In particular, Accenture analysis found that electronic health records (EHR) offer an untapped opportunity. By using analytics to create new staffing models from EHR data, healthcare providers could not only see tangible returns but also drive greater efficiencies.
The potential benefits are clear: If analytics can be applied to a common provider cost center such as labor in this way, imagine the wealth of other opportunities that may be uncovered by using analytics throughout other provider operations.
Provider organizations’ staffing decisions are typically based on historical averages. Any unexpected spike in staffing demand generally means overtime costs—extra labor costs that are unplanned and not within the budget. The same is true for an unexpected lull in staffing demand—having excess staff when beds are empty results in excess labor operating costs.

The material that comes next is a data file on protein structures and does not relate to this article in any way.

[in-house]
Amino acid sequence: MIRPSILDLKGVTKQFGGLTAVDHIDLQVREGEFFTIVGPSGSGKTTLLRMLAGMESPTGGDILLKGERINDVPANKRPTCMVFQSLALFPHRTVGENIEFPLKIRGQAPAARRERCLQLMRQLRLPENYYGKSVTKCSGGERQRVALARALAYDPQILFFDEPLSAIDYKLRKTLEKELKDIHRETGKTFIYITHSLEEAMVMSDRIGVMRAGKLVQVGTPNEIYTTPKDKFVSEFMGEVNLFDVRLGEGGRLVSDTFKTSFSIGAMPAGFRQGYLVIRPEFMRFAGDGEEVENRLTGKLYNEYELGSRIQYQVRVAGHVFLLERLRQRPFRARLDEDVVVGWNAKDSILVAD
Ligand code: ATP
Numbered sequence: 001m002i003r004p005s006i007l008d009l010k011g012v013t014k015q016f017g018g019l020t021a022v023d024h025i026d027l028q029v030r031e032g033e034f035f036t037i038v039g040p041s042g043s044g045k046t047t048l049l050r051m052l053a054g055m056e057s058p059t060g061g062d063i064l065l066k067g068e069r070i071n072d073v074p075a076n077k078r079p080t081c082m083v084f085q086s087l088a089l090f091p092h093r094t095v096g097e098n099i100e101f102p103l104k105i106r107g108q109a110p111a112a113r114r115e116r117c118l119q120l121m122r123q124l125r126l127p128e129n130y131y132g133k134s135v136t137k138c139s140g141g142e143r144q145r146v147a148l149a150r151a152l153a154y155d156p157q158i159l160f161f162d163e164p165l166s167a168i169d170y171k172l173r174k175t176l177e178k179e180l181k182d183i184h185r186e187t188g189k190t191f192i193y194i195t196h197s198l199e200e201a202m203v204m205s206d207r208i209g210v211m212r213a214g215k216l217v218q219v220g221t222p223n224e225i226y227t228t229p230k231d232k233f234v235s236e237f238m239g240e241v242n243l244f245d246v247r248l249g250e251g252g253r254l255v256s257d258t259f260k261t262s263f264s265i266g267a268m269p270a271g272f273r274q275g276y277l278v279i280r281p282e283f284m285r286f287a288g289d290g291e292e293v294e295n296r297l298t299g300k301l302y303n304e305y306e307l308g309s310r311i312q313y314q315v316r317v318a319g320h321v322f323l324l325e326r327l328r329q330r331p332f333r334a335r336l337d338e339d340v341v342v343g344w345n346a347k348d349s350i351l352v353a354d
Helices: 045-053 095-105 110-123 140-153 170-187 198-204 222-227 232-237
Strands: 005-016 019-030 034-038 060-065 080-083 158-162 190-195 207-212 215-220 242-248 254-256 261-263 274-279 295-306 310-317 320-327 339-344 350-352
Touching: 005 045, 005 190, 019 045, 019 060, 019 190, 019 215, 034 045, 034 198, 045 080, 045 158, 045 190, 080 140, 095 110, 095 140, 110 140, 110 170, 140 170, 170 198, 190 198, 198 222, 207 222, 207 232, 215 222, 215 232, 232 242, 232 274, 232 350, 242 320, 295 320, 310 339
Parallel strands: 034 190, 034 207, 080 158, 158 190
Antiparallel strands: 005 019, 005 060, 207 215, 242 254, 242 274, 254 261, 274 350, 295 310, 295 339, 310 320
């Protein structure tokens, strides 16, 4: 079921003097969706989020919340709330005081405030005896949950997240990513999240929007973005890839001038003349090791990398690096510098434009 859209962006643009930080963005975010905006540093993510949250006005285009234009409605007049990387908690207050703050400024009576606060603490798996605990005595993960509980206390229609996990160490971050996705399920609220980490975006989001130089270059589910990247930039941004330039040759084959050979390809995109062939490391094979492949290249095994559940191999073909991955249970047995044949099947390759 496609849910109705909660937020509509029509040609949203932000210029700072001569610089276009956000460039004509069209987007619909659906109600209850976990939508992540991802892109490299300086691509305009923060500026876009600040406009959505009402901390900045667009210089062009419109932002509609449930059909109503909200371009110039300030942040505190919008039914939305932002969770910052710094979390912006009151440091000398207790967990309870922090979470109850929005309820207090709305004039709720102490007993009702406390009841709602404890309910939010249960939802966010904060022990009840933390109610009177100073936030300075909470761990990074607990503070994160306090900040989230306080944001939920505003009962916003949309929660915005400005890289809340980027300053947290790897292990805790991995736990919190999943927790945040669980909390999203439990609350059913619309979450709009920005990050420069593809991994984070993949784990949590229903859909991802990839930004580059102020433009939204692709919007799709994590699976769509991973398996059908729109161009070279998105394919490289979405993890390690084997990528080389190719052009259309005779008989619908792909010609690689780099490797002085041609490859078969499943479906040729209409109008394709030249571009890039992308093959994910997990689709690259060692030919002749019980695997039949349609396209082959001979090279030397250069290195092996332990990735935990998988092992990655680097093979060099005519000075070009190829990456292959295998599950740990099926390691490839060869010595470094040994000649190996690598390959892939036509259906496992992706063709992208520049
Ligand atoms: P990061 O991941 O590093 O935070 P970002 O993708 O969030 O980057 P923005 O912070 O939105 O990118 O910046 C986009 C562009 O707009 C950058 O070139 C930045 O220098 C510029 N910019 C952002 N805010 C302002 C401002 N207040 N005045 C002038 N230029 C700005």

By applying health analytics to historical trend data of patient visits and complexities (such as work hours per unit of service) from EHR and ERP data sources, providers could glean insights that can reduce staff overtime and total labor costs over the next five years.
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Typically, labor costs make up at least 50 percent of a provider organization’s operating costs. Using EHR data in new ways can help predict demand and introduce the smarter use of existing labor to cut the cost of overtime and bring savings through redeploying and using resources more wisely.
When applied to data from EHRs and other sources, health analytics could help provider organizations more accurately assess how many people should be on duty and could better manage staffing and cut overtime—with a direct impact on their operating margins.